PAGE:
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Lancet Infect Dis. 2018 Oct 12. pii: S1473-3099(18)30157-9. doi: 10.1016/S1473-3099(18)30157-9. [Epub ahead of print]

Tuberculosis susceptibility and protection in children.

Author information

1
Centre for International Child Health, Department of Paediatrics, Imperial College London, London, UK; Vaccines and Immunity Theme MRC Unit The Gambia at London School of Hygiene and Tropical Medicine, Fajara, The Gambia.
2
Centre for International Child Health, Department of Paediatrics, Imperial College London, London, UK.
3
Centre for International Child Health, Department of Paediatrics, Imperial College London, London, UK; Vaccines and Immunity Theme MRC Unit The Gambia at London School of Hygiene and Tropical Medicine, Fajara, The Gambia. Electronic address: bkampmann@mrc.gm.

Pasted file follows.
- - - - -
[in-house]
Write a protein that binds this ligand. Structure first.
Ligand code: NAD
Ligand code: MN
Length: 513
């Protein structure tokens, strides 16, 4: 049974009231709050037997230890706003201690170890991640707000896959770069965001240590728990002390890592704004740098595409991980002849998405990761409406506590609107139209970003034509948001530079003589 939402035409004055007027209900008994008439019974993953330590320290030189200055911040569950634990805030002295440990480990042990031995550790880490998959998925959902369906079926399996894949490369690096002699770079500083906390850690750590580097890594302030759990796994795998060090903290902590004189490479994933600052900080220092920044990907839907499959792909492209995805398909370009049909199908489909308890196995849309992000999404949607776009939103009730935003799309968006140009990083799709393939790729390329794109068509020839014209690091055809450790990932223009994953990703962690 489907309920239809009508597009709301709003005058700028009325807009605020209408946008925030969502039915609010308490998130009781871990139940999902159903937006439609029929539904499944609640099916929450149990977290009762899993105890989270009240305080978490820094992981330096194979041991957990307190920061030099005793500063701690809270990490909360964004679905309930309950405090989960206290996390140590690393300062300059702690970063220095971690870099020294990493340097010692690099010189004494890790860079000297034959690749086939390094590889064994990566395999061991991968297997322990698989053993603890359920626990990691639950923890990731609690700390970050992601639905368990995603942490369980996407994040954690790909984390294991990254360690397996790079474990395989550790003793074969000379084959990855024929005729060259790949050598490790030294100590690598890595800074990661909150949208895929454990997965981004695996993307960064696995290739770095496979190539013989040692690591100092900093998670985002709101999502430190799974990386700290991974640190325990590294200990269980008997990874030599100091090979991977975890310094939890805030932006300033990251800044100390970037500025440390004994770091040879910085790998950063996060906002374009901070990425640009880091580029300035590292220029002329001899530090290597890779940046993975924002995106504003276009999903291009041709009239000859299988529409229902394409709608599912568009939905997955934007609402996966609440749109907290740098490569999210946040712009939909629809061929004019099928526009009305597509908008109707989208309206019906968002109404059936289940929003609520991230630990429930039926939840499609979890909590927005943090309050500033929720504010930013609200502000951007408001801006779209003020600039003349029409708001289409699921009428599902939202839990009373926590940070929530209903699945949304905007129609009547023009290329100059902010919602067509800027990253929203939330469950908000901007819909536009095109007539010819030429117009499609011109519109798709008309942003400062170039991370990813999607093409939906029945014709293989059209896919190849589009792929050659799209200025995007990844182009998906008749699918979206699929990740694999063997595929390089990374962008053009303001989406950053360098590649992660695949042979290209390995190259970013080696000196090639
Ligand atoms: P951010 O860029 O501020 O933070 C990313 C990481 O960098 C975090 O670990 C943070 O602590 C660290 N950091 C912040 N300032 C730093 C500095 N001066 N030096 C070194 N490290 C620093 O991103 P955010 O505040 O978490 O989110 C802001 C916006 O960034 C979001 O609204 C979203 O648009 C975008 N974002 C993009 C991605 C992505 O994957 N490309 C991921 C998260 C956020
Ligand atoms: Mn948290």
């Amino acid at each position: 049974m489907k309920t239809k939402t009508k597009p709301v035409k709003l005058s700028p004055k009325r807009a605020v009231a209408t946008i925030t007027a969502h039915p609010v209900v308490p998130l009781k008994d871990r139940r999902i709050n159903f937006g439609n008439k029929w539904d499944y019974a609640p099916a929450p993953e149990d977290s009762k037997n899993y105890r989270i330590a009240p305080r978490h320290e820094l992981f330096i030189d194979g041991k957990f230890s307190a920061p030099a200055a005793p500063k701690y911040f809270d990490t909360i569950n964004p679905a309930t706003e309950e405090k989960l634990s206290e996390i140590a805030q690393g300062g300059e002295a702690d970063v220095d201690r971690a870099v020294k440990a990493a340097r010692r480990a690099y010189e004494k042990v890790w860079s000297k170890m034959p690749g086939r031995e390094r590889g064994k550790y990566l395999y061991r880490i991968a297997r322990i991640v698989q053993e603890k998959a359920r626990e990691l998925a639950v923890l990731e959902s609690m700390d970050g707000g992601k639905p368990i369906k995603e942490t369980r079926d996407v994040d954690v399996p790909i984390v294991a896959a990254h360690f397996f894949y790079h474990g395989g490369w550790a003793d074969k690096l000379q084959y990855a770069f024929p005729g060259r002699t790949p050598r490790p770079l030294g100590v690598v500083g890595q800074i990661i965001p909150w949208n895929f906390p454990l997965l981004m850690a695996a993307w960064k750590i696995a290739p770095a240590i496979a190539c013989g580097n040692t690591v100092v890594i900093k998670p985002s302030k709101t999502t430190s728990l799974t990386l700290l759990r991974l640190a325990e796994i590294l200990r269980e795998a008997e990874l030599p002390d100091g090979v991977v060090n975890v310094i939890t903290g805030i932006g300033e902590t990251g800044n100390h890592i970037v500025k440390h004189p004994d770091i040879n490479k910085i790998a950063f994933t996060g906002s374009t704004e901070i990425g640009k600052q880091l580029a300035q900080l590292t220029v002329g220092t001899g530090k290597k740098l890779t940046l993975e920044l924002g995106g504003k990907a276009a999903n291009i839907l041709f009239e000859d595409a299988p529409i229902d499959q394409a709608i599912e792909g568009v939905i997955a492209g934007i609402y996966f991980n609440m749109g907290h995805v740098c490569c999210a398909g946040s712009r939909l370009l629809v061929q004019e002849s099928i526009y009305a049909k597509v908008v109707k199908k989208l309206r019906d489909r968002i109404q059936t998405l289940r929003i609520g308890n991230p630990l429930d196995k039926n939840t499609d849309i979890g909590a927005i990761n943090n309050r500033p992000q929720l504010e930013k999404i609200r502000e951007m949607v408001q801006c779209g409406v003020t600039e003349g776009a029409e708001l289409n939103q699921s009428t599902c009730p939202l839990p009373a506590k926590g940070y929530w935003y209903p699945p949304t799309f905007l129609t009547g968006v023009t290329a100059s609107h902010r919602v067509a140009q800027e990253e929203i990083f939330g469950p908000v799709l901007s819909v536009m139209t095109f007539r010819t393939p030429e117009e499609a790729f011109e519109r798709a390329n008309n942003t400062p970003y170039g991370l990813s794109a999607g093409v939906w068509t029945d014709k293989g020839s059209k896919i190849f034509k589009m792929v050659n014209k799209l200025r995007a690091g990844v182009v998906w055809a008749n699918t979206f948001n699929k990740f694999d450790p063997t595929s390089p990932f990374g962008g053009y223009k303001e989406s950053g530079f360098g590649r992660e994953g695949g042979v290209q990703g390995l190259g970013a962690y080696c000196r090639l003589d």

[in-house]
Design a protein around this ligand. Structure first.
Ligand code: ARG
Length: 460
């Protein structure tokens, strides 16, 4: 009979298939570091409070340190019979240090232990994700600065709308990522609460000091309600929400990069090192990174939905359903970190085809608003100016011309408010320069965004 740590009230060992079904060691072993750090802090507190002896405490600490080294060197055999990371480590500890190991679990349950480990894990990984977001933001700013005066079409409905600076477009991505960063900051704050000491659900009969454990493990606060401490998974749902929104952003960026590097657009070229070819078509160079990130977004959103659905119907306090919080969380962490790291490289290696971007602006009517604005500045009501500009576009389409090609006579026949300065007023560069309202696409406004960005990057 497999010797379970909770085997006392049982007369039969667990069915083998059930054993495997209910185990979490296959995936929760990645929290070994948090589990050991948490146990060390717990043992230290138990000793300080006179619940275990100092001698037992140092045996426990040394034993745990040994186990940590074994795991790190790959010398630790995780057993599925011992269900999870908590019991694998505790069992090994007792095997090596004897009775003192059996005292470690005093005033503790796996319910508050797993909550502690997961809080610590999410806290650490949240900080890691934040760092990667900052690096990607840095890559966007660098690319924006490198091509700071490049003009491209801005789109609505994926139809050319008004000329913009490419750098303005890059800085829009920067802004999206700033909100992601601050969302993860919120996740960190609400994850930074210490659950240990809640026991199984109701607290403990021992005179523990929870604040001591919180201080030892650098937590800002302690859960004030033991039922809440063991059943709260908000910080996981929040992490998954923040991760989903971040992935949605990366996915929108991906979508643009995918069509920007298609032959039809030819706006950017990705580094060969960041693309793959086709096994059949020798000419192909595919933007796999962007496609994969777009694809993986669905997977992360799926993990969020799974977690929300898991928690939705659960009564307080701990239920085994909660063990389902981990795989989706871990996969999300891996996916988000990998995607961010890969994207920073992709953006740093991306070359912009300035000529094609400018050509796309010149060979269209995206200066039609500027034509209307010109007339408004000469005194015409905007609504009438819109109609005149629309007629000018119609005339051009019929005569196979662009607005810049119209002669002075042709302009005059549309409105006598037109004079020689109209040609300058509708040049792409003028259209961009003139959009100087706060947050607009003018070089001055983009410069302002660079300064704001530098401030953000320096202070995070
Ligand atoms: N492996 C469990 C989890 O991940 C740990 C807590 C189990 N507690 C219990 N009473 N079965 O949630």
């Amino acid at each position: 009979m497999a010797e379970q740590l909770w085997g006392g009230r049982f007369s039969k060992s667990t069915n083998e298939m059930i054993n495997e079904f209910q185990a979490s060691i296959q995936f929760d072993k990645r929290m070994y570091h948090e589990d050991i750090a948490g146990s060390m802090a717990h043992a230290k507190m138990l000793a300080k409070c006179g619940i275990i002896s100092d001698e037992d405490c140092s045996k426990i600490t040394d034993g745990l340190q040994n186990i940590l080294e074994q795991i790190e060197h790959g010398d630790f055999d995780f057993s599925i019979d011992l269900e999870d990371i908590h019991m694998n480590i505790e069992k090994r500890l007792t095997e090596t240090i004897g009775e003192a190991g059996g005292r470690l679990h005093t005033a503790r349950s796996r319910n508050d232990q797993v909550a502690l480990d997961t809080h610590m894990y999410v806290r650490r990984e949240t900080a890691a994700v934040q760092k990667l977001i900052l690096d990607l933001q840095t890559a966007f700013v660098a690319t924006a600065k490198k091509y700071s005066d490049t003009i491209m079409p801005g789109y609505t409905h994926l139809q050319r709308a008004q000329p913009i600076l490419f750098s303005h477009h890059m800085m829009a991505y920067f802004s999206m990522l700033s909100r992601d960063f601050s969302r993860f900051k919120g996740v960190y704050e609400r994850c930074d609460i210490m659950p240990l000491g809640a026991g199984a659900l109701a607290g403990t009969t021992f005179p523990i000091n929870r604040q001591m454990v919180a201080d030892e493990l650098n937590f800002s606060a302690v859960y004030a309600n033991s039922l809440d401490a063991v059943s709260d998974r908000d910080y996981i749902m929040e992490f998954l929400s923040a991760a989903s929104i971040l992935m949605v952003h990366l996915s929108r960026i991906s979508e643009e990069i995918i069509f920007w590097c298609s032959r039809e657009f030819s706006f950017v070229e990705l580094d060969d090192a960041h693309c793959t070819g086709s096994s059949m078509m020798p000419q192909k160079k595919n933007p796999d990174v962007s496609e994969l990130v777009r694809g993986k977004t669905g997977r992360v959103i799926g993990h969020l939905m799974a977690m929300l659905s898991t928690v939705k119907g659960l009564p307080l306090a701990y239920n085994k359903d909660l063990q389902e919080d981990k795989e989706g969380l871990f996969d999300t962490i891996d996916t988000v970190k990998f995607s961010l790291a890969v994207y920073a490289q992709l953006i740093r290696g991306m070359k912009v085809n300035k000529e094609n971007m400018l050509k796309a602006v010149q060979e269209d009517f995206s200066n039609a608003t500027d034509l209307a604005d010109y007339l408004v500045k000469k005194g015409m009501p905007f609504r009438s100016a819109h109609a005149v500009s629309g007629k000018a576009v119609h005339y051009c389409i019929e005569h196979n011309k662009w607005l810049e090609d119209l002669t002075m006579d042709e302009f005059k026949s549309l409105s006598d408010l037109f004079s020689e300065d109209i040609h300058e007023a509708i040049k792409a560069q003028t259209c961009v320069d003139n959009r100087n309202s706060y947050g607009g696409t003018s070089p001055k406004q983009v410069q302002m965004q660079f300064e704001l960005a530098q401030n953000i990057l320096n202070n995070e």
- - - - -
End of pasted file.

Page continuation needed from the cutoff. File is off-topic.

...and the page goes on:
Abstract

Children represent both a clinically important population susceptible to tuberculosis and a key group in whom to study intrinsic and vaccine-induced mechanisms of protection. After exposure to Mycobacterium tuberculosis, children aged under 5 years are at high risk of progressing first to tuberculosis infection, then to tuberculosis disease and possibly disseminated forms of tuberculosis, with accompanying high risks of morbidity and mortality. Children aged 5-10 years are somewhat protected, until risk increases again in adolescence. Furthermore, neonatal BCG programmes show the clearest proven benefit of vaccination against tuberculosis. Case-control comparisons from key cohorts, which recruited more than 15 000 children and adolescents in total, have identified that the ratio of monocytes to lymphocytes, activated CD4 T cell count, and a blood RNA signature could be correlates of risk for developing tuberculosis. Further studies of protected and susceptible populations are necessary to guide development of novel tuberculosis vaccines that could facilitate the achievement of WHO's goal to eliminate deaths from tuberculosis in childhood.

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